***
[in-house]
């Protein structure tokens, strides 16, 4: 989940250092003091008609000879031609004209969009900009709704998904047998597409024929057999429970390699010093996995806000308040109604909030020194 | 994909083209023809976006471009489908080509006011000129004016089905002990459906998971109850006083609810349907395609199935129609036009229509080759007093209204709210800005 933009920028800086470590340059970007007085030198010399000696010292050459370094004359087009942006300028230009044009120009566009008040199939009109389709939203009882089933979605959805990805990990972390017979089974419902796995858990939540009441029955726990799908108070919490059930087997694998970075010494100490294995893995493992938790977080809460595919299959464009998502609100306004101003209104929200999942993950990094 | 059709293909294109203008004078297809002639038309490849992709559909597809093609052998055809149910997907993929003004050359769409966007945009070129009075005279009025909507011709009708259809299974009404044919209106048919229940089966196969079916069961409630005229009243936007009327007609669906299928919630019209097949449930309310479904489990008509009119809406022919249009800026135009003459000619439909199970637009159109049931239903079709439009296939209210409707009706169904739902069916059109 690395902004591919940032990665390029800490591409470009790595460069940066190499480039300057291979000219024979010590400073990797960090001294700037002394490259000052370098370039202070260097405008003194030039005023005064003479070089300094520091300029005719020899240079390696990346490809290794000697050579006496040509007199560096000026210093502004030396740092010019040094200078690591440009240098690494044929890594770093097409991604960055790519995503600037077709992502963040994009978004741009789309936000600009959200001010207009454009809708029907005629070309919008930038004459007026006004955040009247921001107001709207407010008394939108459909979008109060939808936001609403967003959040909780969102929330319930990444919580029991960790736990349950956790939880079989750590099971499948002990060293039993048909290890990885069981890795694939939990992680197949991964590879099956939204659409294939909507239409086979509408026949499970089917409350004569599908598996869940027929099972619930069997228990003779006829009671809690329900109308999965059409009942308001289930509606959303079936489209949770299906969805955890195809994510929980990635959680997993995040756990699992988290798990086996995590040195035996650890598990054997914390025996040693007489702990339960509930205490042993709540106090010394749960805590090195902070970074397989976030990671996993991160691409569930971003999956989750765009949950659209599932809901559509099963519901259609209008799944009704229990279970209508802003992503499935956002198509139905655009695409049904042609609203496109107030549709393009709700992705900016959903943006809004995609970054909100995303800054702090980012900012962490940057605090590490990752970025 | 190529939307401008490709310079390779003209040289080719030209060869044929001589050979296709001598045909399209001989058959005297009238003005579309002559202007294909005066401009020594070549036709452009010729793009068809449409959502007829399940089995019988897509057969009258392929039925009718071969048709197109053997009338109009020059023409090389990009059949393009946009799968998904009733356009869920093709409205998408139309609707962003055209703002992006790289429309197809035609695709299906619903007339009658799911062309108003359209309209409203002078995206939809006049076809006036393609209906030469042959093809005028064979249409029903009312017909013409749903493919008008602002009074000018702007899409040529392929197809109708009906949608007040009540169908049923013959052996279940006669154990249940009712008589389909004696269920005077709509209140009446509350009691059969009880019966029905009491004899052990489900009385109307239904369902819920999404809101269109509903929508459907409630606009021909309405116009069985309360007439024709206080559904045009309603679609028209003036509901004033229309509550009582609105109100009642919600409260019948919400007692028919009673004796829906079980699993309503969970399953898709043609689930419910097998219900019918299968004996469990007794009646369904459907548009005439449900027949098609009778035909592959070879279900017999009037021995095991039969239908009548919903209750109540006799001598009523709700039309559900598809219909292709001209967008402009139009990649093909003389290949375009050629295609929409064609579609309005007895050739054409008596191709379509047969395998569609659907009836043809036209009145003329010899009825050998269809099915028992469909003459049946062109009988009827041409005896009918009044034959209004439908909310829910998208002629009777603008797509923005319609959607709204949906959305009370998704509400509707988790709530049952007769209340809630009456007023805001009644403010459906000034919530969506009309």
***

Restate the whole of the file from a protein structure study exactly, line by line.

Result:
[in-house]
């Protein structure tokens, strides 16, 4: 989940250092003091008609000879031609004209969009900009709704998904047998597409024929057999429970390699010093996995806000308040109604909030020194 | 994909083209023809976006471009489908080509006011000129004016089905002990459906998971109850006083609810349907395609199935129609036009229509080759007093209204709210800005 933009920028800086470590340059970007007085030198010399000696010292050459370094004359087009942006300028230009044009120009566009008040199939009109389709939203009882089933979605959805990805990990972390017979089974419902796995858990939540009441029955726990799908108070919490059930087997694998970075010494100490294995893995493992938790977080809460595919299959464009998502609100306004101003209104929200999942993950990094 | 059709293909294109203008004078297809002639038309490849992709559909597809093609052998055809149910997907993929003004050359769409966007945009070129009075005279009025909507011709009708259809299974009404044919209106048919229940089966196969079916069961409630005229009243936007009327007609669906299928919630019209097949449930309310479904489990008509009119809406022919249009800026135009003459000619439909199970637009159109049931239903079709439009296939209210409707009706169904739902069916059109 690395902004591919940032990665390029800490591409470009790595460069940066190499480039300057291979000219024979010590400073990797960090001294700037002394490259000052370098370039202070260097405008003194030039005023005064003479070089300094520091300029005719020899240079390696990346490809290794000697050579006496040509007199560096000026210093502004030396740092010019040094200078690591440009240098690494044929890594770093097409991604960055790519995503600037077709992502963040994009978004741009789309936000600009959200001010207009454009809708029907005629070309919008930038004459007026006004955040009247921001107001709207407010008394939108459909979008109060939808936001609403967003959040909780969102929330319930990444919580029991960790736990349950956790939880079989750590099971499948002990060293039993048909290890990885069981890795694939939990992680197949991964590879099956939204659409294939909507239409086979509408026949499970089917409350004569599908598996869940027929099972619930069997228990003779006829009671809690329900109308999965059409009942308001289930509606959303079936489209949770299906969805955890195809994510929980990635959680997993995040756990699992988290798990086996995590040195035996650890598990054997914390025996040693007489702990339960509930205490042993709540106090010394749960805590090195902070970074397989976030990671996993991160691409569930971003999956989750765009949950659209599932809901559509099963519901259609209008799944009704229990279970209508802003992503499935956002198509139905655009695409049904042609609203496109107030549709393009709700992705900016959903943006809004995609970054909100995303800054702090980012900012962490940057605090590490990752970025 | 190529939307401008490709310079390779003209040289080719030209060869044929001589050979296709001598045909399209001989058959005297009238003005579309002559202007294909005066401009020594070549036709452009010729793009068809449409959502007829399940089995019988897509057969009258392929039925009718071969048709197109053997009338109009020059023409090389990009059949393009946009799968998904009733356009869920093709409205998408139309609707962003055209703002992006790289429309197809035609695709299906619903007339009658799911062309108003359209309209409203002078995206939809006049076809006036393609209906030469042959093809005028064979249409029903009312017909013409749903493919008008602002009074000018702007899409040529392929197809109708009906949608007040009540169908049923013959052996279940006669154990249940009712008589389909004696269920005077709509209140009446509350009691059969009880019966029905009491004899052990489900009385109307239904369902819920999404809101269109509903929508459907409630606009021909309405116009069985309360007439024709206080559904045009309603679609028209003036509901004033229309509550009582609105109100009642919600409260019948919400007692028919009673004796829906079980699993309503969970399953898709043609689930419910097998219900019918299968004996469990007794009646369904459907548009005439449900027949098609009778035909592959070879279900017999009037021995095991039969239908009548919903209750109540006799001598009523709700039309559900598809219909292709001209967008402009139009990649093909003389290949375009050629295609929409064609579609309005007895050739054409008596191709379509047969395998569609659907009836043809036209009145003329010899009825050998269809099915028992469909003459049946062109009988009827041409005896009918009044034959209004439908909310829910998208002629009777603008797509923005319609959607709204949906959305009370998704509400509707988790709530049952007769209340809630009456007023805001009644403010459906000034919530969506009309």